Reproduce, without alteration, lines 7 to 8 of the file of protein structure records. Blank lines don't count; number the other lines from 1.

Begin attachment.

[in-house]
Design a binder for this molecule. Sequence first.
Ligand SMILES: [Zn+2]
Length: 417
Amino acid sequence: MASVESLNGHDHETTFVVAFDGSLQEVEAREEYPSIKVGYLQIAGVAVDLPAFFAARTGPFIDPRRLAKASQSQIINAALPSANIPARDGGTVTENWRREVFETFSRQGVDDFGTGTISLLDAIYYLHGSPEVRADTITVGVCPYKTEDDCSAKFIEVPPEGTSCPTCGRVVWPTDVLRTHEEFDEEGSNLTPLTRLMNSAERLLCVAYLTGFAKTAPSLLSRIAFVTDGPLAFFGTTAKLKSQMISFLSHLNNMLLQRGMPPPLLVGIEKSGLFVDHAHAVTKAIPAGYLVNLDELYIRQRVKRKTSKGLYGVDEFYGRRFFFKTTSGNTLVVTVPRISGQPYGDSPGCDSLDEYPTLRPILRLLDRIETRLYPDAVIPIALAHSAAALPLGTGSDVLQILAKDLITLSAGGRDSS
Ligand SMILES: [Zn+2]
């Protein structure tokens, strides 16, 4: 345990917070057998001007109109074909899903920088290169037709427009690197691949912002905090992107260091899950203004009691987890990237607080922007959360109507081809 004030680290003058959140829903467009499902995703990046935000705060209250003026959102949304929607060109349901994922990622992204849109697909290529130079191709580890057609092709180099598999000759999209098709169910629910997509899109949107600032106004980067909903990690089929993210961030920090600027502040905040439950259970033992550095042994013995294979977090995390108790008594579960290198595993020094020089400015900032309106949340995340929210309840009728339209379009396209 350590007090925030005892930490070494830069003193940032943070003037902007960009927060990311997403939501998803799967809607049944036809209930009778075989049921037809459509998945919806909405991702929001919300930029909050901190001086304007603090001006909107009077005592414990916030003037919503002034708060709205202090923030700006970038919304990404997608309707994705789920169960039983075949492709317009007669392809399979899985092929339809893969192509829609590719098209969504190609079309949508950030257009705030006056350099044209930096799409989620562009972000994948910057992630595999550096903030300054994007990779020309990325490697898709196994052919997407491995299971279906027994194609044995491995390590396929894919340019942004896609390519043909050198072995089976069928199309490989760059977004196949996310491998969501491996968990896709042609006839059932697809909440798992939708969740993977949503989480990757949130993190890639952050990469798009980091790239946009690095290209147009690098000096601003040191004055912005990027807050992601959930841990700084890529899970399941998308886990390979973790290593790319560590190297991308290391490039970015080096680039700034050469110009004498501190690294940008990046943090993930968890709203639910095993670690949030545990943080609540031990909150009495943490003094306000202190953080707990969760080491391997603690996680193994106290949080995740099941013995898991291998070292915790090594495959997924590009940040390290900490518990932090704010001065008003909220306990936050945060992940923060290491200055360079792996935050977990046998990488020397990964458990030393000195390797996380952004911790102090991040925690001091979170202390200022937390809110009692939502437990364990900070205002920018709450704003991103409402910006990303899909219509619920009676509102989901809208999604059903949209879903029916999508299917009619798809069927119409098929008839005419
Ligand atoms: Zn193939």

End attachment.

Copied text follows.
């Protein structure tokens, strides 16, 4: 345990917070057998001007109109074909899903920088290169037709427009690197691949912002905090992107260091899950203004009691987890990237607080922007959360109507081809 004030680290003058959140829903467009499902995703990046935000705060209250003026959102949304929607060109349901994922990622992204849109697909290529130079191709580890057609092709180099598999000759999209098709169910629910997509899109949107600032106004980067909903990690089929993210961030920090600027502040905040439950259970033992550095042994013995294979977090995390108790008594579960290198595993020094020089400015900032309106949340995340929210309840009728339209379009396209 350590007090925030005892930490070494830069003193940032943070003037902007960009927060990311997403939501998803799967809607049944036809209930009778075989049921037809459509998945919806909405991702929001919300930029909050901190001086304007603090001006909107009077005592414990916030003037919503002034708060709205202090923030700006970038919304990404997608309707994705789920169960039983075949492709317009007669392809399979899985092929339809893969192509829609590719098209969504190609079309949508950030257009705030006056350099044209930096799409989620562009972000994948910057992630595999550096903030300054994007990779020309990325490697898709196994052919997407491995299971279906027994194609044995491995390590396929894919340019942004896609390519043909050198072995089976069928199309490989760059977004196949996310491998969501491996968990896709042609006839059932697809909440798992939708969740993977949503989480990757949130993190890639952050990469798009980091790239946009690095290209147009690098000096601003040191004055912005990027807050992601959930841990700084890529899970399941998308886990390979973790290593790319560590190297991308290391490039970015080096680039700034050469110009004498501190690294940008990046943090993930968890709203639910095993670690949030545990943080609540031990909150009495943490003094306000202190953080707990969760080491391997603690996680193994106290949080995740099941013995898991291998070292915790090594495959997924590009940040390290900490518990932090704010001065008003909220306990936050945060992940923060290491200055360079792996935050977990046998990488020397990964458990030393000195390797996380952004911790102090991040925690001091979170202390200022937390809110009692939502437990364990900070205002920018709450704003991103409402910006990303899909219509619920009676509102989901809208999604059903949209879903029916999508299917009619798809069927119409098929008839005419
Ligand atoms: Zn193939």